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6-year-old involuntarily committed to mental health facility, mom questions Florida's Baker Act

After a 6-year-old girl was involuntarily sent to a mental health facility and many are questioning Florida's controversial Baker Act.

FLORIDA, USA — Florida's controversial "Baker Act" is once again making headlines after a 6-year-old girl in Jacksonville was involuntarily committed to a mental health facility, after an incident at school, according to the Jacksonville Sheriff's Office. 

Deputies said she destroyed school property and attacked staff members. She was then taken to a behavioral health center for psychiatric evaluation for two days.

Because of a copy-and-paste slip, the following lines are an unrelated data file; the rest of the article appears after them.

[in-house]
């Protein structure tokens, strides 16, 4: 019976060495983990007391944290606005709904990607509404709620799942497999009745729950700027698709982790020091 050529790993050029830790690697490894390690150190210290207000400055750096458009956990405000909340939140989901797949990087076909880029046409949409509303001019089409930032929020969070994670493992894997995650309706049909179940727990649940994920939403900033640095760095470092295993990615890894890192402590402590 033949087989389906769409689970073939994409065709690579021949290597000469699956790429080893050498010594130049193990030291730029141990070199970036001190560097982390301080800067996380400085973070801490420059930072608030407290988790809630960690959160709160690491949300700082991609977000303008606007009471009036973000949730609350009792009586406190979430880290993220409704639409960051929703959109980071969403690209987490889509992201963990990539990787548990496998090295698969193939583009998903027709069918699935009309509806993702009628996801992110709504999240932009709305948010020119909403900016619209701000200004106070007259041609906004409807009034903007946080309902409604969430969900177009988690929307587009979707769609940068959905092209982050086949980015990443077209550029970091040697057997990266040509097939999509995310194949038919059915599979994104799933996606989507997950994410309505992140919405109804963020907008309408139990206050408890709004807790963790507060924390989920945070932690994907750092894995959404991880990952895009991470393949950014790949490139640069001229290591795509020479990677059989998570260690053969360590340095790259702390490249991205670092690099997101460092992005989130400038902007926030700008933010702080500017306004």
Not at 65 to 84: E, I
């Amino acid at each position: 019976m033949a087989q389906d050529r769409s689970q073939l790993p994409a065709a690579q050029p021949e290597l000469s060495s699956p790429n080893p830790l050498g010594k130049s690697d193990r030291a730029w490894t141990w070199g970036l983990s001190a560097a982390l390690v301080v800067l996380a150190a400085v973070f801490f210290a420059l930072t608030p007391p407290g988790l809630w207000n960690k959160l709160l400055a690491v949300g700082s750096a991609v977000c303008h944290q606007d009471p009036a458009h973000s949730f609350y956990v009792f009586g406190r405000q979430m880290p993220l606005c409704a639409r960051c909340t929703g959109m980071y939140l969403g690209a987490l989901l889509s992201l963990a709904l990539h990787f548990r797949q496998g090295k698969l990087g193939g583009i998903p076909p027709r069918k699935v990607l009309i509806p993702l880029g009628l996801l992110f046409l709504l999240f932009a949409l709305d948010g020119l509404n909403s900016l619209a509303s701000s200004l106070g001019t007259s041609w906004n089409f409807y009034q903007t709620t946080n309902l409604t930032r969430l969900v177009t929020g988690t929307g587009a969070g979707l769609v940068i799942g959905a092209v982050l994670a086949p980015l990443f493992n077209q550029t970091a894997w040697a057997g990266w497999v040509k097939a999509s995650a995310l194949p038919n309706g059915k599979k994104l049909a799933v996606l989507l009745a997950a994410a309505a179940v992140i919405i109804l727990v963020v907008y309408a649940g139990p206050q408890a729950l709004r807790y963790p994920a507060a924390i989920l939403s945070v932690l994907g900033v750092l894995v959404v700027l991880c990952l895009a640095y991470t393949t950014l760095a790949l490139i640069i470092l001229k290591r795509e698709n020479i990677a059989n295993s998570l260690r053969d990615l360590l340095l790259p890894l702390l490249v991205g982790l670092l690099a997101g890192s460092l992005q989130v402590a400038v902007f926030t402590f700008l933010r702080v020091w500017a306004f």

Her mother says she has attention deficit hyperactivity disorder and a mood disorder. She told CBS News, the school should have had a better grasp on the situation. 

According to CBS News, the number of children involuntarily taken to a mental health center in Florida has more than doubled in the last 15 years, to about 36-thousand. 

This week, Florida's legislature is debating major reforms to the nearly 50-year-old law. The new bill, introduced by House Rep. Jennifer Webb from St. Petersburg, would require better training for school staff and resource officers. It would also establish more consistent rules on exactly when a parent should be notified that their child might be committed. 

RELATED: Mother outraged after 6-year-old daughter is sent to mental health facility, allegedly injected with a drug

RELATED: Florida lawmaker looks to limit restraint used on Baker Acted minors

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